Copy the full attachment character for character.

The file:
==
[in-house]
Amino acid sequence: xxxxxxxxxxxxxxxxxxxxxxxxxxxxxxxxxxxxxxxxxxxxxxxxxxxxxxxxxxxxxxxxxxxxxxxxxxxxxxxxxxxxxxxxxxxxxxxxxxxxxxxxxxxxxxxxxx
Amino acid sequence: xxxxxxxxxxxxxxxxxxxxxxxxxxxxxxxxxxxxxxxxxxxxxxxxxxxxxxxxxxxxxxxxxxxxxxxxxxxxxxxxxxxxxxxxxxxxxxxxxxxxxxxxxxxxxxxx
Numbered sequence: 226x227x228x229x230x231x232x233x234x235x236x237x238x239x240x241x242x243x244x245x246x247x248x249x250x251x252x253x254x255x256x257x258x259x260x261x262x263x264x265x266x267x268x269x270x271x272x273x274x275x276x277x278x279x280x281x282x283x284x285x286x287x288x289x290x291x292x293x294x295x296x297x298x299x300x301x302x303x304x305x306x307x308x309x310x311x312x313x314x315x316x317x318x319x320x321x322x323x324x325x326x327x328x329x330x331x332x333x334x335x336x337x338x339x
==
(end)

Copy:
[in-house]
Amino acid sequence: xxxxxxxxxxxxxxxxxxxxxxxxxxxxxxxxxxxxxxxxxxxxxxxxxxxxxxxxxxxxxxxxxxxxxxxxxxxxxxxxxxxxxxxxxxxxxxxxxxxxxxxxxxxxxxxxxx
Amino acid sequence: xxxxxxxxxxxxxxxxxxxxxxxxxxxxxxxxxxxxxxxxxxxxxxxxxxxxxxxxxxxxxxxxxxxxxxxxxxxxxxxxxxxxxxxxxxxxxxxxxxxxxxxxxxxxxxxx
Numbered sequence: 226x227x228x229x230x231x232x233x234x235x236x237x238x239x240x241x242x243x244x245x246x247x248x249x250x251x252x253x254x255x256x257x258x259x260x261x262x263x264x265x266x267x268x269x270x271x272x273x274x275x276x277x278x279x280x281x282x283x284x285x286x287x288x289x290x291x292x293x294x295x296x297x298x299x300x301x302x303x304x305x306x307x308x309x310x311x312x313x314x315x316x317x318x319x320x321x322x323x324x325x326x327x328x329x330x331x332x333x334x335x336x337x338x339x